So let us be clear what getting well means. I think it is getting ourselves back; reliving the severe hurts from early in life that can no longer dominate our actions. It means organs that function properly and behavior that is not self-destructive. We are in the pursuit of recovered memories, which is a deadly serious undertaking. Those memories are the gateway to freedom from a painful history. We have found that we cannot change our history unless we submerge ourselves in it. That is the linchpin for cure. It cannot be done from a distance anymore than we can love a child from a distance. It is not pleasant but it offers unlimited relief, a good bargain. Why face pain? If we do not then we spend a lifetime pushing it away with all the strum and drang that repression entails. We work overtime to do that and it drains us all of the time. What we are retrieving are feelings, lying deep inside hidden from view, so deep as to remain a mystery. Feelings explain better than any words can. They tell us why we have symptoms and why we behave in one way or another. They open the port to liberation….from our terrible history, and we can only liberate ourselves by feeling it. We become whole again.

In science and mathematics, elegant solutions are highly prized. These are often the simplest, cleanest answers to complex problems. But elegance also connotes balance, harmony and, yes, beauty. Not to sound immodest, but I see Primal Therapy as an elegant solution to the ugly, thorny problems of mental illness. The theory describes a system by which the disease contains its own cure. Pain is the source of neurosis, but feeling the pain is also the way out. There is beauty in the balance of that dialectic, and there is harmony in its resolution.

We also often say that there is beauty in nature. That’s undeniable when contemplating the myriad colors and shapes of flowers, the vastness of the universe, the innocence of a baby’s face. Science is beautiful because it explores how nature works, how everything from the planets to microscopic cells are governed by certain immutable laws. The human psyche – the brain and mind as a whole – is also subject to a system of internally coherent laws that we are beginning to discover. We are also part of nature, and understanding ourselves is a beautiful endeavor.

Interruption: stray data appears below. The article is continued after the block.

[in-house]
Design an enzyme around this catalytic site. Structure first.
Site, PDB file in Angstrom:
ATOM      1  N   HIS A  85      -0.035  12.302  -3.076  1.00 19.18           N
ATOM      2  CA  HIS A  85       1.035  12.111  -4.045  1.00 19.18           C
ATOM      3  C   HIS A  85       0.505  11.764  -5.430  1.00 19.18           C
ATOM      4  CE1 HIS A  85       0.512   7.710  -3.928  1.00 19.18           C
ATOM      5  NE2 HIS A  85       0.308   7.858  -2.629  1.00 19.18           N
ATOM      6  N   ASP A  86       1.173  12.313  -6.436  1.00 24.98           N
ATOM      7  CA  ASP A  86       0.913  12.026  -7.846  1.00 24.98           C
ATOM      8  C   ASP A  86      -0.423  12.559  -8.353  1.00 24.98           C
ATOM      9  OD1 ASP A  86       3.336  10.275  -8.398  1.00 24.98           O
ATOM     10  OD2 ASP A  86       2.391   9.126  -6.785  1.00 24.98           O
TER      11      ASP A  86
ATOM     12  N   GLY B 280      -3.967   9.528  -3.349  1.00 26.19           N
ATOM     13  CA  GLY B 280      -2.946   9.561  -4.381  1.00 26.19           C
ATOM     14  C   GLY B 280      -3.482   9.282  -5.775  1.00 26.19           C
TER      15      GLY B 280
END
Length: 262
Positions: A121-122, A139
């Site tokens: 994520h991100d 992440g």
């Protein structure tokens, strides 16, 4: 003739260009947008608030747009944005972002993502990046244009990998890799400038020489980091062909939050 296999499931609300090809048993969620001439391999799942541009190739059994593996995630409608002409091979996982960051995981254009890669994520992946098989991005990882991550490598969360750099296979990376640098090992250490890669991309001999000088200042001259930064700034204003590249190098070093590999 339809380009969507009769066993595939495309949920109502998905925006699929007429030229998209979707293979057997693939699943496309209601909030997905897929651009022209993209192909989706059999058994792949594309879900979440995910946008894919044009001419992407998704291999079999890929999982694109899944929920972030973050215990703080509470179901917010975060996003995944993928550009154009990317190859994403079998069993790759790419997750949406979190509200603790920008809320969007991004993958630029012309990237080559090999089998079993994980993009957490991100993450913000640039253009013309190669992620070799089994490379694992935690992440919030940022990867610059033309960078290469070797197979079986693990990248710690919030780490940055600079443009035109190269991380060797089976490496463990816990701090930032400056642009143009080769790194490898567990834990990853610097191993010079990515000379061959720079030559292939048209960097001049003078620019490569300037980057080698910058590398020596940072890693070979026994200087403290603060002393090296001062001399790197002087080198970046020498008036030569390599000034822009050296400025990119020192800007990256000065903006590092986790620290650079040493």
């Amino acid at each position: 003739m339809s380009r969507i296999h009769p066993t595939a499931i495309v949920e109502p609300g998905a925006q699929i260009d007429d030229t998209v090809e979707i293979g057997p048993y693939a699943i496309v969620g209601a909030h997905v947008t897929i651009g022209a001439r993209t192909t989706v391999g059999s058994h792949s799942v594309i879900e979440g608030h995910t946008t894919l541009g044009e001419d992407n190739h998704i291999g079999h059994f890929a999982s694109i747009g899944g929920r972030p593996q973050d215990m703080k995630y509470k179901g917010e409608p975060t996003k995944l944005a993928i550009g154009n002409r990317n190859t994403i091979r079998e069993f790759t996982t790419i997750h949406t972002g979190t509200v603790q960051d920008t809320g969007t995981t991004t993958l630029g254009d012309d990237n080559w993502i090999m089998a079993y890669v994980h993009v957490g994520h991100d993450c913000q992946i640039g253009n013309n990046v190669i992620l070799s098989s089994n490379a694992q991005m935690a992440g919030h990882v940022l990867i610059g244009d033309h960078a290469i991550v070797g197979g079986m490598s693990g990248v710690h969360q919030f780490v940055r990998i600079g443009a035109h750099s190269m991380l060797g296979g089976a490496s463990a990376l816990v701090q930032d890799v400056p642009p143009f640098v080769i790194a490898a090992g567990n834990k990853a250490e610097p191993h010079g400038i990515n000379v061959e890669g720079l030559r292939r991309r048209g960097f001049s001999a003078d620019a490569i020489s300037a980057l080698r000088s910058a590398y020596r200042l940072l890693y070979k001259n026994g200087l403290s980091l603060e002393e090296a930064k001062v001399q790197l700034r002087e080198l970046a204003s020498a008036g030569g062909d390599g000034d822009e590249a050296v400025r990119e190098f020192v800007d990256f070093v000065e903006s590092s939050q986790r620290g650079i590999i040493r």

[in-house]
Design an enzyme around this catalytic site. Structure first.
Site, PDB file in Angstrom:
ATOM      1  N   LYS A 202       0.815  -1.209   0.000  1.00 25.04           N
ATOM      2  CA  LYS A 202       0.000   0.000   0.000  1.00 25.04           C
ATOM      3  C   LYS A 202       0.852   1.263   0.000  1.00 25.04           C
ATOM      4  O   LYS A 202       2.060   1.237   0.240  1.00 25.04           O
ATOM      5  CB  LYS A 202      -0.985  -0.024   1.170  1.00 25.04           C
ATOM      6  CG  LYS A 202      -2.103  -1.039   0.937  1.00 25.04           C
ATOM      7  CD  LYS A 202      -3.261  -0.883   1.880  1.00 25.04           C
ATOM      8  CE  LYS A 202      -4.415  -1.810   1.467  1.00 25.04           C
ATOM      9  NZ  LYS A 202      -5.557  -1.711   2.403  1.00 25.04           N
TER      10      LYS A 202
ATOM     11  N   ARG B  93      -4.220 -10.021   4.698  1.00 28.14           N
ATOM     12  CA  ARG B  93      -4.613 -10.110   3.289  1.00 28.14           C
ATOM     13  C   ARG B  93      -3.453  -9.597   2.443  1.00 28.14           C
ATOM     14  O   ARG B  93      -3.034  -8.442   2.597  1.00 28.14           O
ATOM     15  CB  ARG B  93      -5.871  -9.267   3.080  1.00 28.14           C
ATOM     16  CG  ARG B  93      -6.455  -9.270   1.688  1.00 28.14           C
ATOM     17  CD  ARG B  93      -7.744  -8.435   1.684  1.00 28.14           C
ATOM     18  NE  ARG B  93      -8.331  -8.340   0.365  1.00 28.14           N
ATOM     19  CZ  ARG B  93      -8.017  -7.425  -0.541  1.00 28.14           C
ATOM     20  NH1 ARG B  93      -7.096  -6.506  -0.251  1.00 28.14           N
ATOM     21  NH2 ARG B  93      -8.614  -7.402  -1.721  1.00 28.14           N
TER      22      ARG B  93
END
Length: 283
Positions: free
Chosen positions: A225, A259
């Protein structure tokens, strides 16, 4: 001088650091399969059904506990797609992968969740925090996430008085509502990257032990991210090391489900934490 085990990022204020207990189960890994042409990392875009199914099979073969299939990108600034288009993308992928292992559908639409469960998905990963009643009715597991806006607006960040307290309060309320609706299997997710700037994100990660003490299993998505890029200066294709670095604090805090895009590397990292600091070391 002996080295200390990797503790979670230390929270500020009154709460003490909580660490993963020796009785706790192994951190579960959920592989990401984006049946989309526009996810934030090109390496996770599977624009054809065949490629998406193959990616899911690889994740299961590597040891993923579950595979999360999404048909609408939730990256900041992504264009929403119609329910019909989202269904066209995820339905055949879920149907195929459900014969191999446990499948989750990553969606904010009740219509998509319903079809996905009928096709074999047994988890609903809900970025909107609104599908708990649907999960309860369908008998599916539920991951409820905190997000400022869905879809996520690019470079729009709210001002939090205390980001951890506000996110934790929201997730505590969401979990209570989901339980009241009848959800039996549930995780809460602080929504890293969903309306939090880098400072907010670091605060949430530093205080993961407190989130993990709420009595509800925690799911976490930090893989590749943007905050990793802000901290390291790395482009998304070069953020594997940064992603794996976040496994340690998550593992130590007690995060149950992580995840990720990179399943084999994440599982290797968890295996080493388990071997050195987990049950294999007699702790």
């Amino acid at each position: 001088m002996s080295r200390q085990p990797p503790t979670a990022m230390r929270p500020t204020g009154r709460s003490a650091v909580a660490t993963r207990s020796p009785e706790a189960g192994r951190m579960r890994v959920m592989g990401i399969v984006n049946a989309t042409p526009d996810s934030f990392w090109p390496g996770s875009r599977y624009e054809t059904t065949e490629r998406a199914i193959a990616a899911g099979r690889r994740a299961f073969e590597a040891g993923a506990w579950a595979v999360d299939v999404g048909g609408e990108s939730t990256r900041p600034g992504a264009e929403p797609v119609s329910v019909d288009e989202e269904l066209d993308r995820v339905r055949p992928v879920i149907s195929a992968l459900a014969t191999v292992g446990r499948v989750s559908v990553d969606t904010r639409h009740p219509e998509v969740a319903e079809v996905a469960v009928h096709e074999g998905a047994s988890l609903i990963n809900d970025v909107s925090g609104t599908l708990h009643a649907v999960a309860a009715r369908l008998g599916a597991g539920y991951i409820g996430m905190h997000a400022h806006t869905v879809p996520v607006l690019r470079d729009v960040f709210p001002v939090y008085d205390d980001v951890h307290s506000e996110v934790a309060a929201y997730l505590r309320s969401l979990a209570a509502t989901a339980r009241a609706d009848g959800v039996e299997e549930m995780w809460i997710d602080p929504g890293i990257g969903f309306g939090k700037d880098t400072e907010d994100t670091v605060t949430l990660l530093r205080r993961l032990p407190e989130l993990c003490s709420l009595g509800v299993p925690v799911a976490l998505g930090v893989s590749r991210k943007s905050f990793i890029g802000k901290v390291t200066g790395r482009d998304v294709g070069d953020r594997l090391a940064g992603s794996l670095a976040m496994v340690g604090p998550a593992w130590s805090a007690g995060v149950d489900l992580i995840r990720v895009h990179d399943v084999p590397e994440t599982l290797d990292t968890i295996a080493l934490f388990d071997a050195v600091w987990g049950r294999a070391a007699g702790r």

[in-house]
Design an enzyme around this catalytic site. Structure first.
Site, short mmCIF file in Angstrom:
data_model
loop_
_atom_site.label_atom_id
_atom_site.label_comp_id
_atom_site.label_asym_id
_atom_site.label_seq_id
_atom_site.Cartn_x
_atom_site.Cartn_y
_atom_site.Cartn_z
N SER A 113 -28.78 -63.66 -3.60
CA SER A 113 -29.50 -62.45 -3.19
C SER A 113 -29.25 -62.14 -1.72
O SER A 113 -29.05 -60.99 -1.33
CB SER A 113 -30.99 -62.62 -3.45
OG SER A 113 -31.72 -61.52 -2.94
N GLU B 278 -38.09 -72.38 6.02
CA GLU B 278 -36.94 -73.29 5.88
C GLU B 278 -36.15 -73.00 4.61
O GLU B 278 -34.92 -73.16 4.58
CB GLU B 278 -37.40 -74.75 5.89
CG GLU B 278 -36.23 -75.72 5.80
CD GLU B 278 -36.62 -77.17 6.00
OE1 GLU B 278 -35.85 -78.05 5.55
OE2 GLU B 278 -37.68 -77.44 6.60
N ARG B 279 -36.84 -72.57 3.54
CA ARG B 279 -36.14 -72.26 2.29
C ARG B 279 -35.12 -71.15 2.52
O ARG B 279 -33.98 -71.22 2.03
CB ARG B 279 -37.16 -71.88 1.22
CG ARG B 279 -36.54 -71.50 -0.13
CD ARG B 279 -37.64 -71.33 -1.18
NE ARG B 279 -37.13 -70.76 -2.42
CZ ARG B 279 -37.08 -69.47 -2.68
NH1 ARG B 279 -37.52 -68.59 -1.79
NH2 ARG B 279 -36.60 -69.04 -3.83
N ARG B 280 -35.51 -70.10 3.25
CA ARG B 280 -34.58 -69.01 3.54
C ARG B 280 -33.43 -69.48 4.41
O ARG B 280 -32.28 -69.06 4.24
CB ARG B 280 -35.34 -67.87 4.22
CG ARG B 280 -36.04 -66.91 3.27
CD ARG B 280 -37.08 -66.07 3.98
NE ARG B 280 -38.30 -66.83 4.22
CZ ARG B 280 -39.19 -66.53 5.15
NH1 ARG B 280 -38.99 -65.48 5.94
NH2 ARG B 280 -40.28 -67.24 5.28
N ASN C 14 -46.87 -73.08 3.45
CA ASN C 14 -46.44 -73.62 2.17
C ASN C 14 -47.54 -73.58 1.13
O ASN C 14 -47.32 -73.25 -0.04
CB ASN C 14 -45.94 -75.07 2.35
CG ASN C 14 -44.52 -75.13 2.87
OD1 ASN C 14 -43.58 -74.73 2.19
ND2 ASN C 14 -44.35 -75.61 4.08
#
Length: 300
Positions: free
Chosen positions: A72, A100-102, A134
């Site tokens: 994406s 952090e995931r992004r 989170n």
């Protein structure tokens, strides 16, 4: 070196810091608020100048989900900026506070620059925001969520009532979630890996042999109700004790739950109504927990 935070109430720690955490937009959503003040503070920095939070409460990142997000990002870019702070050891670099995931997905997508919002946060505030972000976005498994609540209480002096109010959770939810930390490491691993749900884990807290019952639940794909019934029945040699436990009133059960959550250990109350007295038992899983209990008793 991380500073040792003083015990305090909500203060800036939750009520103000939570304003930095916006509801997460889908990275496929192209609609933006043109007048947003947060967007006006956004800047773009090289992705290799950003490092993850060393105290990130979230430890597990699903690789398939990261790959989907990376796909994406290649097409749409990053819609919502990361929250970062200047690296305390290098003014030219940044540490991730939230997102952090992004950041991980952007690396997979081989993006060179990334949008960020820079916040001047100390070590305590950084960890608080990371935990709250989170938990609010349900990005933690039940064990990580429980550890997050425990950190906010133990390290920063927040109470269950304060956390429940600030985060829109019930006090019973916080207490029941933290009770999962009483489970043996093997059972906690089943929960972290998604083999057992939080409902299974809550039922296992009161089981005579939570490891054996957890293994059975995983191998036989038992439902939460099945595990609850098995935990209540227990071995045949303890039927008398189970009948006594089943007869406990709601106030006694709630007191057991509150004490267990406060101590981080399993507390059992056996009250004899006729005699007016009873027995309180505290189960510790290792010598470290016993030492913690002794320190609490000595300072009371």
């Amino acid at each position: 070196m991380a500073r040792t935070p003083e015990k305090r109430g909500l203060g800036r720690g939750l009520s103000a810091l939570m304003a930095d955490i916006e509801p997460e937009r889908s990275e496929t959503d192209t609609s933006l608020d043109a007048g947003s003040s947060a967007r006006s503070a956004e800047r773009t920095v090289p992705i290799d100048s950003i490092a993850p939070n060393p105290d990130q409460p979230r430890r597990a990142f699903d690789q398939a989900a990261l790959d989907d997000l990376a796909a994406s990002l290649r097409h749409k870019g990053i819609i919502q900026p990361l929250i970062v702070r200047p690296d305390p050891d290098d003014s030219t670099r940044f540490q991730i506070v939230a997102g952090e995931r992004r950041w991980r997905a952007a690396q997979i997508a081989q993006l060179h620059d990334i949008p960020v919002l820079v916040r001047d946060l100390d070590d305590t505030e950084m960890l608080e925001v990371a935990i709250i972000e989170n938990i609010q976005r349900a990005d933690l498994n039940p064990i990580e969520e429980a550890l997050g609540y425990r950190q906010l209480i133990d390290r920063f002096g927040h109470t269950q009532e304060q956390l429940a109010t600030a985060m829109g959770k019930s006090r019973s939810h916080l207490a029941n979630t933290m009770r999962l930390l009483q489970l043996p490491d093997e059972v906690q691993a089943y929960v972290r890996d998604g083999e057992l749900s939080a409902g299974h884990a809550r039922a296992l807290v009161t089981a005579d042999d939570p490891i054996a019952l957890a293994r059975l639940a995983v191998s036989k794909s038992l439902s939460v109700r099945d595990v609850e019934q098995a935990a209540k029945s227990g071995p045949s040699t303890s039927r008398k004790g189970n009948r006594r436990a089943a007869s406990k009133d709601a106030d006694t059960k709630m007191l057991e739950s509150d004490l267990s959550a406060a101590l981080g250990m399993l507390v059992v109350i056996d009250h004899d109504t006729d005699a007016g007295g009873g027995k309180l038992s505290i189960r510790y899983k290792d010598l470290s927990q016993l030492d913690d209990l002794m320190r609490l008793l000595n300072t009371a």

Primal Therapy is based entirely on a natural process already contained within every human being. We are simply unlocking the mysteries of that process, allowing the cure to unfold. Anyone who has had a primal, descending through time into feelings that span a lifetime, and emerging into the light and lightness of experience-based insights, can attest to the beauty of the process.

On the other hand, obstructing nature is rarely a pretty sight. Much of psychotherapy today involves intercepting and diverting our feelings, which mans repressing our true nature. Feelings are quelled through pills or through retraining the brain to think happy thoughts. Either way, there is no beauty in trying to subvert nature by reinforcing the ugliness of repression.

In Primal Therapy, I am describing science at work; a science we have worked on and refined for fifty years. We can now add methylation and demethylation to the mix to verify improvement. The pain does not come back, nor does the anxiety, the ADD, the phobias nor the inability to sit still, focus and concentrate. It is left back in personal history. How great to not be weighed down by unrelenting depression; to be able to lift that weight and be light and free. What a feeling. I have experienced it myself so I am not describing an isolated or esoteric incident.  Beautiful.


  1. I'm jealous. I want to be me. But wanting is not enough.

  2. It is beautiful, because when in a feeling, you never want to get out of it until it's felt. And even if you do get out of it (perhaps from extreme fear), you want to be able and resume wheneven possible.

    Not because you have become masochist. But because you DO KNOW that this is way. Whatever you are ever told, it simply vanishes and you recognize the correct path!

  3. Hello all!

    Maybe it's the right way to use beautiful because we never experienced what really is beautiful... but after experiencing needs... so we can express what should have been beautiful and now what is beautiful.


    1. Frank, yes, it is my goal to help make life beautiful, and that includes me. art

  4. It is so true,so true...I know that with growing certainity for almost thirty years.Your books were road signs for the way to go thru my primals,which gave me strenght to endure all pain,doubts and misery...All best from eternaly gratefull..

    1. Dear Tanja, do not forget the pleasure I get in writing those posts. It takes two to tango, and without my fellow bloggers there would be no point. art

  5. But who helped you, parent you....